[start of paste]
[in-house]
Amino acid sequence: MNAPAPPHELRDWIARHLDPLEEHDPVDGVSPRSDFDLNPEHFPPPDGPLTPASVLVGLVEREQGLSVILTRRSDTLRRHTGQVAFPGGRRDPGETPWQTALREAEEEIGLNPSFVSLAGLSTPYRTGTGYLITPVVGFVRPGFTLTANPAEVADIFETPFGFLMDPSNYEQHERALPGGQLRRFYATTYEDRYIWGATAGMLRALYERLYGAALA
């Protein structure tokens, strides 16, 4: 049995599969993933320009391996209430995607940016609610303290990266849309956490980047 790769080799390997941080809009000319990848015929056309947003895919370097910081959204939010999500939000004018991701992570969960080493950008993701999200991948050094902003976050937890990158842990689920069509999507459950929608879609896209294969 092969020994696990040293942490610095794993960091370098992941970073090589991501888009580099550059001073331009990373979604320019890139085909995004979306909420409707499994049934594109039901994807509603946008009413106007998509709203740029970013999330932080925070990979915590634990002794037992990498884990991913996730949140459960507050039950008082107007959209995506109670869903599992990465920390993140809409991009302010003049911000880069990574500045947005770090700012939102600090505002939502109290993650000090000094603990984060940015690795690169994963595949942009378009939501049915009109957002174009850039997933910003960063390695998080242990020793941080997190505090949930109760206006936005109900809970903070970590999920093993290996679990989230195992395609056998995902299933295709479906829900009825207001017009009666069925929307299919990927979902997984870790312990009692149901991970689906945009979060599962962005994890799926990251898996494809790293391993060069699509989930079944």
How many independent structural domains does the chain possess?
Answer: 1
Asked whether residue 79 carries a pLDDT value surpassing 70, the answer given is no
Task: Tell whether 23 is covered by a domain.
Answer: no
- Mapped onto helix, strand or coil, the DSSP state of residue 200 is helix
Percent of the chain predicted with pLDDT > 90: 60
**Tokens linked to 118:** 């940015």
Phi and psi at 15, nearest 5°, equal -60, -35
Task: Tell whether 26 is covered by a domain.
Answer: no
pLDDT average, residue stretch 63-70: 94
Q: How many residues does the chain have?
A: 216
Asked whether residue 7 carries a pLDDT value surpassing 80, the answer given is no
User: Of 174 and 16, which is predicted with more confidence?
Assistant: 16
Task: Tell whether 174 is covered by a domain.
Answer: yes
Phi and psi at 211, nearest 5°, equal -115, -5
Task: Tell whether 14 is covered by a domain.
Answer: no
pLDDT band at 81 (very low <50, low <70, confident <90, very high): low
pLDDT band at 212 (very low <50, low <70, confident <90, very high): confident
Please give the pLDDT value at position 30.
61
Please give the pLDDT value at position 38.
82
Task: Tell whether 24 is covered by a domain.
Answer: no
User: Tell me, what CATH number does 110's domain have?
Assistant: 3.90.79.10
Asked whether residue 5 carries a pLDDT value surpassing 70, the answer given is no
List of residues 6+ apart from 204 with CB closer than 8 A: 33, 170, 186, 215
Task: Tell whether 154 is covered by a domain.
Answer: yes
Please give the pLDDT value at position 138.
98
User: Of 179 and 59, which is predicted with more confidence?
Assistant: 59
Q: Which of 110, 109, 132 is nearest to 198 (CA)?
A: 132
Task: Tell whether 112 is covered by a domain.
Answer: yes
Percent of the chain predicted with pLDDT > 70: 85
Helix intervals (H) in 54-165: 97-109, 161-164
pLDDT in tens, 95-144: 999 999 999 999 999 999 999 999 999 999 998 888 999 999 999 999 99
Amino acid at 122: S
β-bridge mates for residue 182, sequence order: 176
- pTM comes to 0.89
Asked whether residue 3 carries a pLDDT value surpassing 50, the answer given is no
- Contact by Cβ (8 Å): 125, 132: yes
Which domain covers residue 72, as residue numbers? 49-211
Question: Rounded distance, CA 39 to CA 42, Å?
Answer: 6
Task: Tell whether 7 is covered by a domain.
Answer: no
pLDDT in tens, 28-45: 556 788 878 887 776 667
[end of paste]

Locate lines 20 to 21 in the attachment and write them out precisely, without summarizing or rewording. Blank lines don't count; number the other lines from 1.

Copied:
Assistant: 16
Task: Tell whether 174 is covered by a domain.